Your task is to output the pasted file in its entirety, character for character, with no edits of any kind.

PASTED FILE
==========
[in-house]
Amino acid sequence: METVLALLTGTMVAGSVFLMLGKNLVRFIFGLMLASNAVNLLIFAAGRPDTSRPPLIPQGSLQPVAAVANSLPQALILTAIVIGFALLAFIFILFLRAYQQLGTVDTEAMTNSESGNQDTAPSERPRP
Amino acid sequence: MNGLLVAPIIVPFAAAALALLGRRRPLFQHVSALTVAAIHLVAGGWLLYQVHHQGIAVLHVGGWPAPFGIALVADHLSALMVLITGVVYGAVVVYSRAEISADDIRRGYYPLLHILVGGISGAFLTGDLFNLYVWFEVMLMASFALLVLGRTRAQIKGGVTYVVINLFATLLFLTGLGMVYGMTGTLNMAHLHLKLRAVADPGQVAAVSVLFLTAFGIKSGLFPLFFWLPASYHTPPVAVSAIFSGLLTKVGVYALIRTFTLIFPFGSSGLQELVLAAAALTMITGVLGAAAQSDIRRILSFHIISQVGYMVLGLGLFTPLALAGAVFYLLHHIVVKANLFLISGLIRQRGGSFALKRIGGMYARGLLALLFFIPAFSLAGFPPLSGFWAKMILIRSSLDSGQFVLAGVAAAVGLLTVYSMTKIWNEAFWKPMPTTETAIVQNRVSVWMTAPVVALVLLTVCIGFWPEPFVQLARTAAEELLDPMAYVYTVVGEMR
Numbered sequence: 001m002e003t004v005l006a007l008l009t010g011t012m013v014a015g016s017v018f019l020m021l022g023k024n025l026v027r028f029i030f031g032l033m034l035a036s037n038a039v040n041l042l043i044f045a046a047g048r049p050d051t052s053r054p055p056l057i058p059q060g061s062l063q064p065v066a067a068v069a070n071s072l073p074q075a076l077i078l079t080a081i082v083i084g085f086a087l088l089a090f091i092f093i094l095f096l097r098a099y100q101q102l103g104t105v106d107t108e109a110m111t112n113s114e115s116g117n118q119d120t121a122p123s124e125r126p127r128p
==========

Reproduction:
[in-house]
Amino acid sequence: METVLALLTGTMVAGSVFLMLGKNLVRFIFGLMLASNAVNLLIFAAGRPDTSRPPLIPQGSLQPVAAVANSLPQALILTAIVIGFALLAFIFILFLRAYQQLGTVDTEAMTNSESGNQDTAPSERPRP
Amino acid sequence: MNGLLVAPIIVPFAAAALALLGRRRPLFQHVSALTVAAIHLVAGGWLLYQVHHQGIAVLHVGGWPAPFGIALVADHLSALMVLITGVVYGAVVVYSRAEISADDIRRGYYPLLHILVGGISGAFLTGDLFNLYVWFEVMLMASFALLVLGRTRAQIKGGVTYVVINLFATLLFLTGLGMVYGMTGTLNMAHLHLKLRAVADPGQVAAVSVLFLTAFGIKSGLFPLFFWLPASYHTPPVAVSAIFSGLLTKVGVYALIRTFTLIFPFGSSGLQELVLAAAALTMITGVLGAAAQSDIRRILSFHIISQVGYMVLGLGLFTPLALAGAVFYLLHHIVVKANLFLISGLIRQRGGSFALKRIGGMYARGLLALLFFIPAFSLAGFPPLSGFWAKMILIRSSLDSGQFVLAGVAAAVGLLTVYSMTKIWNEAFWKPMPTTETAIVQNRVSVWMTAPVVALVLLTVCIGFWPEPFVQLARTAAEELLDPMAYVYTVVGEMR
Numbered sequence: 001m002e003t004v005l006a007l008l009t010g011t012m013v014a015g016s017v018f019l020m021l022g023k024n025l026v027r028f029i030f031g032l033m034l035a036s037n038a039v040n041l042l043i044f045a046a047g048r049p050d051t052s053r054p055p056l057i058p059q060g061s062l063q064p065v066a067a068v069a070n071s072l073p074q075a076l077i078l079t080a081i082v083i084g085f086a087l088l089a090f091i092f093i094l095f096l097r098a099y100q101q102l103g104t105v106d107t108e109a110m111t112n113s114e115s116g117n118q119d120t121a122p123s124e125r126p127r128p